There is only one other question left for determination and that is defendants' assignment No. 8 in which he says the court erred in allowing interest on the judgment from July 10, 1948, the date of the abandonment of the written contract. We think that this is error under the rule laid down in County of Greenlee v. Webster, 30 Ariz. 245, 246 P. 543, 545. In that case this question was raised and the court said:

"Finally, complaint is made of the allowance of interest on the amount of the judgment from the date of filing the first demand against the county, June 7, 1920, it being contended that plaintiffs' demand was unliquidated, and on such demands interest can be charged only from date of judgment. Whatever the rule in other jurisdictions, this court has adopted the rule of allowing interest upon unliquidated demands `from the time of the commencement of the action.'" Citing U.S. Fidelity, etc., v. California-Arizona Const. Co., 21 Ariz. 172, 186 P. 502.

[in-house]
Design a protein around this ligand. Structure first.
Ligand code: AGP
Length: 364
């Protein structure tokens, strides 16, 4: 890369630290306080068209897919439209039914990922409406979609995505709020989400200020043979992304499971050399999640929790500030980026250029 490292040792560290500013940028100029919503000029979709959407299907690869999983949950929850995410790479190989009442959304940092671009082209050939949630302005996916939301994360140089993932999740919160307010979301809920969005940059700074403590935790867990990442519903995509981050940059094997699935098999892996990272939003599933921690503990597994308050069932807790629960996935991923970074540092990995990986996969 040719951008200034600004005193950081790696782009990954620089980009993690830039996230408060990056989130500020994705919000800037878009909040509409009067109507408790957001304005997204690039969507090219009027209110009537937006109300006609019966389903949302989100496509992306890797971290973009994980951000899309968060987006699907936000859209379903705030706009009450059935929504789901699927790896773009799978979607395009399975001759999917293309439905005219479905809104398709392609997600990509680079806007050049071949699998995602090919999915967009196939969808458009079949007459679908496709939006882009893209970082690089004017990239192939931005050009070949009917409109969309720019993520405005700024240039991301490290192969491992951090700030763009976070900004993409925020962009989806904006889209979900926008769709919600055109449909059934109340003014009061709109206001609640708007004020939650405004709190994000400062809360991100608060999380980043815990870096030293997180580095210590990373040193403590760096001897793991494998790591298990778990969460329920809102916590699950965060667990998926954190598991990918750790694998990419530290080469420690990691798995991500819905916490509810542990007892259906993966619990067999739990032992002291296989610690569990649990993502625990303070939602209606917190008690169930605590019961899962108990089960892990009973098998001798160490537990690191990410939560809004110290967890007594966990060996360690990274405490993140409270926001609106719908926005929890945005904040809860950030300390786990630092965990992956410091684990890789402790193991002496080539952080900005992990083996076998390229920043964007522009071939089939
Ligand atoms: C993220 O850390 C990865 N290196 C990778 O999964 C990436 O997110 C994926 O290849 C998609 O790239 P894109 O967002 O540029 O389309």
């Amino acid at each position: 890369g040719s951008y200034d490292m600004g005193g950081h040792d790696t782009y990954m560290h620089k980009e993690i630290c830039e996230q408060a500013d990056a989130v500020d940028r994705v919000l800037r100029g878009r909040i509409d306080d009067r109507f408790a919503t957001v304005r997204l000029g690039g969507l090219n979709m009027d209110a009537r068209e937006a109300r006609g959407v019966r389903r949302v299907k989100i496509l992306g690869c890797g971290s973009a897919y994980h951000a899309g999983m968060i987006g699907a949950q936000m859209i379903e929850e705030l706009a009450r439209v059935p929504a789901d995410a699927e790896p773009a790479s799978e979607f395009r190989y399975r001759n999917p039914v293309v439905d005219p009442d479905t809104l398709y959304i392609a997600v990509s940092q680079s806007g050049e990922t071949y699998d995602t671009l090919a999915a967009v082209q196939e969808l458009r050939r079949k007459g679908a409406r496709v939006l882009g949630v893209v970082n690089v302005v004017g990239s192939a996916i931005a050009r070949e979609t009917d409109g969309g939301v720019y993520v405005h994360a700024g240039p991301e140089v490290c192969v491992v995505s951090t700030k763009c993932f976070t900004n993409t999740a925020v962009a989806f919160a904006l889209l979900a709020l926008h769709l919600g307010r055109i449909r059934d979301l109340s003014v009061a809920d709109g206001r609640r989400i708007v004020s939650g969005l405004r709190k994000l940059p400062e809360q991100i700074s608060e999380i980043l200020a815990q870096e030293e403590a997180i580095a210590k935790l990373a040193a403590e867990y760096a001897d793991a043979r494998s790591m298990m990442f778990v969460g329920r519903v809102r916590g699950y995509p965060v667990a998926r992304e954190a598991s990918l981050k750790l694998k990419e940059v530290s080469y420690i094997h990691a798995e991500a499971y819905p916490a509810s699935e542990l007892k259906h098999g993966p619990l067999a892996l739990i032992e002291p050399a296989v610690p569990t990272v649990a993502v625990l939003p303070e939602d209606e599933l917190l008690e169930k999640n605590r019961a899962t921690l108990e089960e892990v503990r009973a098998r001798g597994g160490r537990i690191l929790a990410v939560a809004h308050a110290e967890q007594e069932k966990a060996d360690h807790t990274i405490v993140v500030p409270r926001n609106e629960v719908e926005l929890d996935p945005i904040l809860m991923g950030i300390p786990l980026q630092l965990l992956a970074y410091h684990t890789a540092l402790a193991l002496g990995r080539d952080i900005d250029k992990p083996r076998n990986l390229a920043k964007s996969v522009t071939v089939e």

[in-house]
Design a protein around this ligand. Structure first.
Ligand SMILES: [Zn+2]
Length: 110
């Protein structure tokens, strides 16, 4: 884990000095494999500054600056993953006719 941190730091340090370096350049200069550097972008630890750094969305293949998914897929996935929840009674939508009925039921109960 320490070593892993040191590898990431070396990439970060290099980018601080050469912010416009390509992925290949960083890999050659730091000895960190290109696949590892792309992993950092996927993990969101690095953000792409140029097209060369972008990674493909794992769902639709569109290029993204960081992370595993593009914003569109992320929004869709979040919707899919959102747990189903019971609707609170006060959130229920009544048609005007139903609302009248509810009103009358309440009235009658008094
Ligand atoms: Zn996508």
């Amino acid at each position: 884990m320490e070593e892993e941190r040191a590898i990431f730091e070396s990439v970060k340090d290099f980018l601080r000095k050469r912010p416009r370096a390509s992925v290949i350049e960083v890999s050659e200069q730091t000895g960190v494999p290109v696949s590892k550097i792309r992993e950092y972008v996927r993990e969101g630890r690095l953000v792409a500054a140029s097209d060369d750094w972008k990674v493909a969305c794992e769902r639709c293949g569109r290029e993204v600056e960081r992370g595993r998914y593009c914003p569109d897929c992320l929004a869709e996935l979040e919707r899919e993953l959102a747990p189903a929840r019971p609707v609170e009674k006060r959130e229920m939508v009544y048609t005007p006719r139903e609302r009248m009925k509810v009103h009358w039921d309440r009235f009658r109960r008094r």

The judgment of the lower court is affirmed with the modification that it is to bear interest only from the date of the commencement of this cause of action.

STANFORD, C.J., and LA PRADE, UDALL and WINDES, JJ., concur.